In my twenty plus year career as a professional tarot reader, I've often taught and mentored other aspiring tarotists. I like to say that this is something I kind of “fell into” as I never planned on doing it. But requests came and they came often. So I taught.
Sometimes the journey was filled with joy. Other times, not so much. The path of a mentor or teacher is never easy but the rewards are worth it. Watching a student or mentee grow and stretch beyond their limitations is exciting. And there are never any words that can describe the immense feeling of pride that a mentor has when they see their student succeed.
For me, teaching is a sacred endeavor and one that must be treated with great respect – not just by the student but also by the mentor. If you are called to walk this path, here are some guidelines to help you be the best mentor that you can be:
- Only teach what you know and know well. When I take on a mentor relationship, my first order of business is to find out what they want to learn. If they are interested in a subject with which I am not knowledgeable, then I take a pass. Doing otherwise would be insincere and a disservice to the mentee.
- You don't have to work with everyone. Take time to have a initial consultation by phone or email to determine if you are a good fit. If you feel uncomfortable for any reason, trust your instincts and send them elsewhere.
- Treat your students as individuals and teach accordingly. Resist the urge to give the same cookie cutter lessons to each one. Tailor the lessons based on what they want to learn as well as how they learn (For example – are they a visual learner? Or do they work better with audio?).
- Your primary concern is for their success. Be invested in their outcome. Don't slack off.
- Your mindset must be similar to that of a football coach. You may be required to push the student beyond their comfort zone at times. Other times may require prodding, hand holding or constructive criticism. Cheer them on for each accomplishment. Be encouraging the whole way.
- Get your ego out of it. Some mentors get jealous if their mentees become more successful than them. If you cannot honestly celebrate someone doing better than yourself, it's time to rethink whether or not you should mentor. I've seen some mentors get downright nasty when the student achieves more success than them. The spirit of teaching requires an interest in making your student the best that they can be. It's not about you. It's all about them.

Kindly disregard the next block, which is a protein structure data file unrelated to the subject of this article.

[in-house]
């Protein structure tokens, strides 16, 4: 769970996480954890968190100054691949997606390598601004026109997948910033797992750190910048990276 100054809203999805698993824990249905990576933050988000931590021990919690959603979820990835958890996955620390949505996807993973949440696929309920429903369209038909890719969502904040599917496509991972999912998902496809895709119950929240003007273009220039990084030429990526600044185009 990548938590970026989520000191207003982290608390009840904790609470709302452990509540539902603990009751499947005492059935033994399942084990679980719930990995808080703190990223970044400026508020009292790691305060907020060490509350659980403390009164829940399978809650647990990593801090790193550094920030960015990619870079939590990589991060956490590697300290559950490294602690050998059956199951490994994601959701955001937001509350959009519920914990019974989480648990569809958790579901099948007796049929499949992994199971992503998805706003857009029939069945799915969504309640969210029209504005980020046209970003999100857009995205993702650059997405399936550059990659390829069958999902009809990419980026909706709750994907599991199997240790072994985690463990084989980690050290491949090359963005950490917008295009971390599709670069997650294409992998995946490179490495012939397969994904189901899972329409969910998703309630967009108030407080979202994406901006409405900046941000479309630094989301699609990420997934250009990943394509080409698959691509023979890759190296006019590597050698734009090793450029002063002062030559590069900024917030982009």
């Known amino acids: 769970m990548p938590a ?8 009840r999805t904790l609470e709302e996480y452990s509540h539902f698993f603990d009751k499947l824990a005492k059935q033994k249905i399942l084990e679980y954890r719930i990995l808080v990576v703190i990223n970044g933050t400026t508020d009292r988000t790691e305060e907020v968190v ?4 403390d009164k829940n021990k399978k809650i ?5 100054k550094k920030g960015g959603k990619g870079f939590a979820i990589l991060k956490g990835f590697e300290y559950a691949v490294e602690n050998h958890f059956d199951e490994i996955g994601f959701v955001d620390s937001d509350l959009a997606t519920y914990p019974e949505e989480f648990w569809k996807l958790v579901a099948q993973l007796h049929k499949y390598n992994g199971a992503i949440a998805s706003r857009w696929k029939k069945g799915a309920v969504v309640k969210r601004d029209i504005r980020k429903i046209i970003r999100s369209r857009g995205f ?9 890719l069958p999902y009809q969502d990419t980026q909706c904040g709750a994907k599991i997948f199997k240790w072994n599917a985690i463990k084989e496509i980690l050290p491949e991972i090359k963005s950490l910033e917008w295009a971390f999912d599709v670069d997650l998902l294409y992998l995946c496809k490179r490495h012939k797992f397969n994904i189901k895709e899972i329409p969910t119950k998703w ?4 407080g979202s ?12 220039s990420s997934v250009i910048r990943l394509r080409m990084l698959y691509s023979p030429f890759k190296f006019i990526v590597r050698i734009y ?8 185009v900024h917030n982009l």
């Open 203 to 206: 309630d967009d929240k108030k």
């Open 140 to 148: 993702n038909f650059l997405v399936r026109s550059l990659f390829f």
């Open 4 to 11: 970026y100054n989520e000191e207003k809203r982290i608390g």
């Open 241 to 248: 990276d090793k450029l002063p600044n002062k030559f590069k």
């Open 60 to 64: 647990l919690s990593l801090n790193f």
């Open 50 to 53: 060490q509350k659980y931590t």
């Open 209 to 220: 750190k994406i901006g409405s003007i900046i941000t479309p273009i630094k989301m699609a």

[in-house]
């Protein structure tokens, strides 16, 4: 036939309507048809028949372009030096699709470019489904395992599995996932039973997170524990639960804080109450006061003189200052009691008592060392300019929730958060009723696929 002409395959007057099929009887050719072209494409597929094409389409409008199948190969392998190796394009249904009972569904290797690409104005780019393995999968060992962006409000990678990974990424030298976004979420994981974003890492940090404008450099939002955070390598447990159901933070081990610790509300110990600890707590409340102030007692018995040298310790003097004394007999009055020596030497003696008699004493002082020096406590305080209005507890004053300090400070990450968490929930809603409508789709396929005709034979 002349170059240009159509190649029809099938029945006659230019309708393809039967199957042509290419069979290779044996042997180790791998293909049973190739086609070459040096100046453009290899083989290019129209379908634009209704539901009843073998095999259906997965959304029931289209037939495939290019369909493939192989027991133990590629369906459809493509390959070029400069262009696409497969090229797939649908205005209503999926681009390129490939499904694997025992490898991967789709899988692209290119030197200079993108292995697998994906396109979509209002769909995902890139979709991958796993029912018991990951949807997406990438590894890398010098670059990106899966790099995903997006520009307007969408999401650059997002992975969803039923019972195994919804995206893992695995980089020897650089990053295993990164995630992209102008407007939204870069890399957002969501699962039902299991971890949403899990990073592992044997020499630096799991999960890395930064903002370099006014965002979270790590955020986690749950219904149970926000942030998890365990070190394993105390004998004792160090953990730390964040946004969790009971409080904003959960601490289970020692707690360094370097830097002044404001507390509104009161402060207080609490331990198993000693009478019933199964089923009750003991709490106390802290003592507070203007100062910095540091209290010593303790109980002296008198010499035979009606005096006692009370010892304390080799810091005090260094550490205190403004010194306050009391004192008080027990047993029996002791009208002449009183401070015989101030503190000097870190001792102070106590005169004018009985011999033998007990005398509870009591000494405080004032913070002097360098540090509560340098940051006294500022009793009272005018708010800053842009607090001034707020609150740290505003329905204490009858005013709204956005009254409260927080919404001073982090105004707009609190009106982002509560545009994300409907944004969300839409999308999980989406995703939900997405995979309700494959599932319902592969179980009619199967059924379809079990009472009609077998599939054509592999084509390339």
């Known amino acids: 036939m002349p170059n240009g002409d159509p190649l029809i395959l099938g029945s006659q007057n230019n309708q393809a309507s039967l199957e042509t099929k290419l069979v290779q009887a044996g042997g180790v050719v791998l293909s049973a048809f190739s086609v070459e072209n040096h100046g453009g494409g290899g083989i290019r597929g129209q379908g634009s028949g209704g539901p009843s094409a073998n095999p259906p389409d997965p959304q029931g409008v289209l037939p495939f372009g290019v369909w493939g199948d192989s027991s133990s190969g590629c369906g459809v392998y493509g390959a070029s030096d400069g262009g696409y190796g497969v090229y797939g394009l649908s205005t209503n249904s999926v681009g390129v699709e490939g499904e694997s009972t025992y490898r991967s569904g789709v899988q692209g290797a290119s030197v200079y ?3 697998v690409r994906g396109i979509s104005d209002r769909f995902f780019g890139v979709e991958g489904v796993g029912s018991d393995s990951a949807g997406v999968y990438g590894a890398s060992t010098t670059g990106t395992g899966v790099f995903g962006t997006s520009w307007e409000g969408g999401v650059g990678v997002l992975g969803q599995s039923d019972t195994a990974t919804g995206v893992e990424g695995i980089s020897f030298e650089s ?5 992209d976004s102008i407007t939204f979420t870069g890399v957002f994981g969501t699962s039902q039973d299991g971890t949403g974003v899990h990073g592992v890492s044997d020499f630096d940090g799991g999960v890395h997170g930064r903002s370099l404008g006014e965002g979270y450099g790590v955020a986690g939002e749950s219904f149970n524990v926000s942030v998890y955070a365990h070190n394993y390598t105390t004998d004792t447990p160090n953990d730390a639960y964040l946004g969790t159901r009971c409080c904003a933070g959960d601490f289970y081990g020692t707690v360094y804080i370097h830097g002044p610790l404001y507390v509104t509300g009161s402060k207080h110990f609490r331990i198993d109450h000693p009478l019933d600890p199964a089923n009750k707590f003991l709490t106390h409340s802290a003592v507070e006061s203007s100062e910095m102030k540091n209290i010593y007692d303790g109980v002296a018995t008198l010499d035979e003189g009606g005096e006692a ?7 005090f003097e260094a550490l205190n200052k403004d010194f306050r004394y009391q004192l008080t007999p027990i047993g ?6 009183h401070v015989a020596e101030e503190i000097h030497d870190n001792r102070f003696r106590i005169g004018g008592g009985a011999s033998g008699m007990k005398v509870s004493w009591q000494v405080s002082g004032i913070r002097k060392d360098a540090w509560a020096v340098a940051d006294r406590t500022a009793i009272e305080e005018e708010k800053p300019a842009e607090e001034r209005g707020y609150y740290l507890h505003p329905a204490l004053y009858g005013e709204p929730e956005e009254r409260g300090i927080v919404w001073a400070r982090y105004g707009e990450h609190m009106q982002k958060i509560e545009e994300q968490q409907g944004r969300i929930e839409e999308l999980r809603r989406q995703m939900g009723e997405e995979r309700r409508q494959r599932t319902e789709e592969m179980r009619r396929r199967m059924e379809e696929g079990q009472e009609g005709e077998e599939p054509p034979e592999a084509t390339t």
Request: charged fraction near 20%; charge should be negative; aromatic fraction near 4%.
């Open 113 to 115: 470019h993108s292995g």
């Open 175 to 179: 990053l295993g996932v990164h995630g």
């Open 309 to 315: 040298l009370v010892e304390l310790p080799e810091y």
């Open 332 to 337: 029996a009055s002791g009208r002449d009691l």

- Keep learning. A good mentor never stops the learning process. The more you continue to educate yourself, the better you will be at teaching and the more your students will benefit.
- Boundaries are a must. Assume your seat as the teacher and demand respect by behaving respectfully. If a student gets out of line or is disrespectful in any way, handle it immediately. And if a relationship should turn sour for any reason, diplomatically but firmly end it.
Should you decide to enter this path, do not treat it lightly for this is a sacred contract. Put your heart and soul into it. And when your student achieves their goals, step back into the wings and applaud with wild enthusiasm for you have then both succeeded.
"A mentor is someone who sees more talent and ability within you, than you see in yourself, and helps bring it out of you." ~ Bob Proctor
Bio: Theresa Reed aka The Tarot Lady has been reading tarot professionally for twenty years. She teaches tarot and mentors and is especially interested in helping tarot readers transition from hobbyist to pro. She is also an avid blogger (about what else – tarot!), a yoga instructor, and she leads social media workshops for women.
Image credit: taoxproductions.com
© Theresa Reed | The Tarot Lady 2011